“Yeah,” Annie agrees. “Yeah, sort of. But you don’t have to – this doesn’t have to be it for you.”

“But if it is, then maybe that’s all right too.”

She forgets sometimes that Tom’s been through a lot too.


Before Tom and Hal and, more importantly, before Eve, Annie would sometimes leave the house while everyone else was asleep. She roamed the streets of Barry, walked through quiet residential neighborhoods and past loud pubs and closed up shops. Sometimes she followed drunk girls home late at night just to make sure they arrived safely at their doors. Sometimes she sat, alone on the beach, and listened to the crash of the waves.

Now she sits in the attic and listens to Eve breathe.

She rereads books that she’s read before, many of them more than once. She knows she should branch out, expand her horizons and read something new, but she finds comfort in the familiarity of the words. She used to anticipate the unknown, loved to discover what had yet to come. Now she likes to know the ending before it arrives. She likes to know that things turn out all right.

She paces the attic. She stares out the window into the dark. She lies on George’s bed, hers now, and stares up at the ceiling. Sometimes she thinks about how much she’d get done if she was human and didn’t need sleep. It’s better to think on that than it is to think about how much she misses it, how much of a relief it would be if she could just close her eyes and forget everything, just for a little while, a few hours, that’s all.

She sits with eyes closed, a book that she’s read four times open in her lap, and she wills herself to fall asleep though she knows that it’s not possible. Sleep won’t come; it never does. She isn’t tired, not really, but just resting her eyes helps pass the long hours of the night. Time seems to move quicker when her eyes are closed to the world.

She doesn’t sleep, not ever, but sometimes when her eyes are closed she can almost convince herself that she dreams. She dreams of their voices, of their laughter. She dreams of the good times she had and the good times she hopes to have again. She dreams of Mitchell as he was when they first met. He pulls her in toward him and kisses her mouth. She dreams of Eve with Nina’s eyes and George’s smile.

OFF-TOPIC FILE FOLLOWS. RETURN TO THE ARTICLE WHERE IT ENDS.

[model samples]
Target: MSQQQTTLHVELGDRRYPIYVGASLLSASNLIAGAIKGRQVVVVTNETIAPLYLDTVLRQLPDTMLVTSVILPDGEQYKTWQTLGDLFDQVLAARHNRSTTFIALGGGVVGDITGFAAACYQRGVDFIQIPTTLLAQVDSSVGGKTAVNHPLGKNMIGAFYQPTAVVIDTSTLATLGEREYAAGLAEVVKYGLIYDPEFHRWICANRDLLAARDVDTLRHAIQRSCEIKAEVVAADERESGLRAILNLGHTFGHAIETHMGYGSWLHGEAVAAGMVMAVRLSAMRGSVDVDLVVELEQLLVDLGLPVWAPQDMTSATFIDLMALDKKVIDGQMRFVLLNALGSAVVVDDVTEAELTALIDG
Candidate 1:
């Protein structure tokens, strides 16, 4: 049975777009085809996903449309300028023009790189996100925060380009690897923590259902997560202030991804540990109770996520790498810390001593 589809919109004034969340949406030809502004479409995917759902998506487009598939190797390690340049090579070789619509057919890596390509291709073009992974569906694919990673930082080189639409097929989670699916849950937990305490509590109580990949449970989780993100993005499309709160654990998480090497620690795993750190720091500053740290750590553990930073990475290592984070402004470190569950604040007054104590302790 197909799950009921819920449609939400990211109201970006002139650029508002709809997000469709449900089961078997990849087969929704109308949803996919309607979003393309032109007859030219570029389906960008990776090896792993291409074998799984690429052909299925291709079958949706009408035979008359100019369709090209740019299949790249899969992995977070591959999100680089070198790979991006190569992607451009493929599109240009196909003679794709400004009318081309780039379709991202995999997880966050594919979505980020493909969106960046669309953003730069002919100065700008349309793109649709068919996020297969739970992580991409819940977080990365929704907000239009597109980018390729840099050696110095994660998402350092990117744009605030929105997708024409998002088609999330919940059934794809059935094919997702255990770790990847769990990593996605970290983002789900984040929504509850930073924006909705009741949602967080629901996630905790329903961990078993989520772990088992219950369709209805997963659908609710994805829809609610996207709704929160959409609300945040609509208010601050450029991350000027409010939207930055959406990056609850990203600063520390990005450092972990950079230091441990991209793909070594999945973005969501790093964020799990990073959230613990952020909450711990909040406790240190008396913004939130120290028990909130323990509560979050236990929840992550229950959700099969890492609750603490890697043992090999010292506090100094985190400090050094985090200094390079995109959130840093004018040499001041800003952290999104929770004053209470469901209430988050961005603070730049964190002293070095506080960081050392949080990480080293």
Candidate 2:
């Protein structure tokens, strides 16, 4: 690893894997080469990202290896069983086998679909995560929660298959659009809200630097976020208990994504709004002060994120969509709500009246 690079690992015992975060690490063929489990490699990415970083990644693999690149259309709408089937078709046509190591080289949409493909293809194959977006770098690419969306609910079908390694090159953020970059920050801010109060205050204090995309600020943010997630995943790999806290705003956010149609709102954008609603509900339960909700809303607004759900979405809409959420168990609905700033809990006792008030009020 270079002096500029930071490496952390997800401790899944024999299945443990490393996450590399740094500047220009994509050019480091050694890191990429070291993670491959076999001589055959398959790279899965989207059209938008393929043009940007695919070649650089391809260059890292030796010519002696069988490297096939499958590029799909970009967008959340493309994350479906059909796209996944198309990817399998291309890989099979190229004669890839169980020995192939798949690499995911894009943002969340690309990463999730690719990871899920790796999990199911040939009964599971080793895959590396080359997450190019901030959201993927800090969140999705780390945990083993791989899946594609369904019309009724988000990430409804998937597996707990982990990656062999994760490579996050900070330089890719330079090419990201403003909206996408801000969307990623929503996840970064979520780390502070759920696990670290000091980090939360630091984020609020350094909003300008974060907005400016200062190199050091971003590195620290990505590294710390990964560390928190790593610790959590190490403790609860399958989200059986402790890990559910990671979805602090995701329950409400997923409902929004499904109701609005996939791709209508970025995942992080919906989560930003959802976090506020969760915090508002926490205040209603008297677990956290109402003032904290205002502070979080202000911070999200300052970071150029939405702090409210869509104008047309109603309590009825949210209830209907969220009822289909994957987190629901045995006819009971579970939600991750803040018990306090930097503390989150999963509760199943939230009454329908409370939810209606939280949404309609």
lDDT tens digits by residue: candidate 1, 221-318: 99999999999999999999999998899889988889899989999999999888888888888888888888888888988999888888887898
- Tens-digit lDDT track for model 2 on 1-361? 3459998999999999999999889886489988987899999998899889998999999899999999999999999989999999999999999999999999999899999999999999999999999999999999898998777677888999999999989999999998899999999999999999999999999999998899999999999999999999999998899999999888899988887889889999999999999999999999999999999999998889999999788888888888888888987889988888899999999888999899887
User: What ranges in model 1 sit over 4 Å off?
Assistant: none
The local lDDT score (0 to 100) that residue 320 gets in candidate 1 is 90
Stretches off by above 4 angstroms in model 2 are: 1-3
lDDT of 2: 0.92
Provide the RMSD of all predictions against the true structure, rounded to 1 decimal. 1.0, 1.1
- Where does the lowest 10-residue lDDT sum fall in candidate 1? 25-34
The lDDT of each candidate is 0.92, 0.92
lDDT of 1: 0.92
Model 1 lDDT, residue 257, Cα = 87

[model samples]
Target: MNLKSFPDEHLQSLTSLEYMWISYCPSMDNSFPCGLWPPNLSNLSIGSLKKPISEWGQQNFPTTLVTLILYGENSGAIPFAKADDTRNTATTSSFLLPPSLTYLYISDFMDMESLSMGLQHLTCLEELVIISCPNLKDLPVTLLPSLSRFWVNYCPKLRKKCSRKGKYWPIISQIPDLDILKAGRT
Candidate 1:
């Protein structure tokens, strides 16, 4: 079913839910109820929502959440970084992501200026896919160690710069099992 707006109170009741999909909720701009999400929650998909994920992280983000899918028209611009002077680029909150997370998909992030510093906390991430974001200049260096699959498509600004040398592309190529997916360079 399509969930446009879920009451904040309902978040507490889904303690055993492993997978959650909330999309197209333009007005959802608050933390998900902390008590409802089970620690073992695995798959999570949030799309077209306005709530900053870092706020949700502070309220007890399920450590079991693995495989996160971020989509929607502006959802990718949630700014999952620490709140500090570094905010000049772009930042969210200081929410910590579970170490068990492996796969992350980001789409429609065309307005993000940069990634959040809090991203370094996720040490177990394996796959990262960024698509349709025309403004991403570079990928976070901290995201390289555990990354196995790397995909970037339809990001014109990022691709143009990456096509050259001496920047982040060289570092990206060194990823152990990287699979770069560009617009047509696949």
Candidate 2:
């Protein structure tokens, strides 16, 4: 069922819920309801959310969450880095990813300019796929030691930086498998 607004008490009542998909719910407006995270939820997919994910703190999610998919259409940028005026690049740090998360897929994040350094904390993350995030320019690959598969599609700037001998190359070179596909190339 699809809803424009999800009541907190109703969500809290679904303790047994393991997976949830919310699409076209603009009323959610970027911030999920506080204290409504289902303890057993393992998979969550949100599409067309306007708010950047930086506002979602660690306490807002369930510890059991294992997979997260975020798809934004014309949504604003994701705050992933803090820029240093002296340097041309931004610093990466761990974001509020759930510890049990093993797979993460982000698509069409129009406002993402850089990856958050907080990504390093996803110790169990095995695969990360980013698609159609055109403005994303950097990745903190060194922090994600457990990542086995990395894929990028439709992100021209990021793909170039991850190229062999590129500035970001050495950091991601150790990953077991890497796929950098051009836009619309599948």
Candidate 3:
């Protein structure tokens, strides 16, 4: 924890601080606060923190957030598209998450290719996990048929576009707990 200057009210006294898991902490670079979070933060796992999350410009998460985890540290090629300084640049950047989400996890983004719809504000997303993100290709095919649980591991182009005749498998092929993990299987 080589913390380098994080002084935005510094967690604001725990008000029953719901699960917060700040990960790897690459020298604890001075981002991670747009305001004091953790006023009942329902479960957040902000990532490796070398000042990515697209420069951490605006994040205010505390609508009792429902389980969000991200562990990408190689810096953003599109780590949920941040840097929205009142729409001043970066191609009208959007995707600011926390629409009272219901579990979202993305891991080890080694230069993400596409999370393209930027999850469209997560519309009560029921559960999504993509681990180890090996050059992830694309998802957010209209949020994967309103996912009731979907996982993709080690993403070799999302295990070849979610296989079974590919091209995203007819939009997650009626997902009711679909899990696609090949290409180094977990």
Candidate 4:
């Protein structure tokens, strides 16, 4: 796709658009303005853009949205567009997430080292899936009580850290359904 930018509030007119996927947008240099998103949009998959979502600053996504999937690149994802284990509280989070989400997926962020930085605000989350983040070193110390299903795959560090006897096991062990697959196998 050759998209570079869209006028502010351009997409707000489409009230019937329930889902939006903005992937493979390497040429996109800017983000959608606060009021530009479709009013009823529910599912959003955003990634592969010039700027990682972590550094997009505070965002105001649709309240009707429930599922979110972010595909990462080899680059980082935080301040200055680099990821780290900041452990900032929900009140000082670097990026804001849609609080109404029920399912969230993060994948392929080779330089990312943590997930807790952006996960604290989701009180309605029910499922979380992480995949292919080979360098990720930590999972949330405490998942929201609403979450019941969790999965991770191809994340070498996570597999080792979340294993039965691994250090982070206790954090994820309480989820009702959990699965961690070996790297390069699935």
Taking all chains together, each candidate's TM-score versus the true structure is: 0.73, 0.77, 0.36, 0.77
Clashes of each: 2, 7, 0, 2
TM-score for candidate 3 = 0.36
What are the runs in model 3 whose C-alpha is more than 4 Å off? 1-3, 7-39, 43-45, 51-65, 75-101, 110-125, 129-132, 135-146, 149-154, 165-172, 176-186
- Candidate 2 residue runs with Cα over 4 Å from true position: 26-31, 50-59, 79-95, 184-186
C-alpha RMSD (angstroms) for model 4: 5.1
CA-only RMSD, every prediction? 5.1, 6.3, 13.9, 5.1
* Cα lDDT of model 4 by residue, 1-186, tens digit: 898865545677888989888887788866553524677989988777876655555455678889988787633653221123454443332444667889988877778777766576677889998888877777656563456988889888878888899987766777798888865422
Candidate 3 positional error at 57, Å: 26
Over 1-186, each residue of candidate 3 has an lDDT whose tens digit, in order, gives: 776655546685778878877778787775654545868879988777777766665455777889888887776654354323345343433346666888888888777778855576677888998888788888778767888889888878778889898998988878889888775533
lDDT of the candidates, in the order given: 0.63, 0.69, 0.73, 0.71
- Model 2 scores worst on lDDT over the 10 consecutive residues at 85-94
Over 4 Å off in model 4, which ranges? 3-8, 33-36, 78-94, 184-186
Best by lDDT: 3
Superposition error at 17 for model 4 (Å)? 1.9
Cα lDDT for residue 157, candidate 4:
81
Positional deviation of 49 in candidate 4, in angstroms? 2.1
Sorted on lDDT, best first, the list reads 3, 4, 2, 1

She tries not to imagine any train rides.

Downstairs a door opens; someone getting up to use the bathroom, she guesses. She waits a moment longer and when she hears footsteps on the stairs she stops her dreaming. She opens her eyes and sets her book on the table beside her.

She finds Hal standing in the living room, rearranging books on the shelf. She raises her eyebrows at him when he looks up at her. He stops what he’s doing and holds up the book in his hand.

“Is this all right?” he asks.

She waves a hand for him to continue. “Yeah,” she says as she takes a seat on one of the stools at the bar. “Of course, it’s your house too. Knock yourself out.”

He nods and turns back to the shelf.

“It’s four o’clock in the morning,” she notes conversationally.

“I know,” Hal says.

She watches as he pulls books from the shelf and slides them back into new positions. He studies the shelf, scratches absently at his side. He looks – well, he looks harmless, really. Young and unimposing. His hair is tousled with sleep and his shorts rest slightly crooked at his hips. The left edge of his shirt is caught beneath the elastic waist.

Even now, even more unkempt than she’s ever seen him before, his physical presence is so different than Mitchell’s, so unassuming. She’s seen Hal come so close to snapping, but here, rearranging a shelf of books in the middle of the night, he looks like he couldn’t hurt a fly. He looks – she doesn’t want to say weak or soft. Vulnerable. He looks vulnerable and she finds that she has to fight herself not to close the distance between them, not to wrap her arms around him and protect him from the world.

It’s all a lie. Of course, she knows that. She hasn’t forgotten. Appearances can be deceiving and Annie knows that the reason behind this late night endeavor, the catalyst for this burst of productivity, would most certainly horrify her.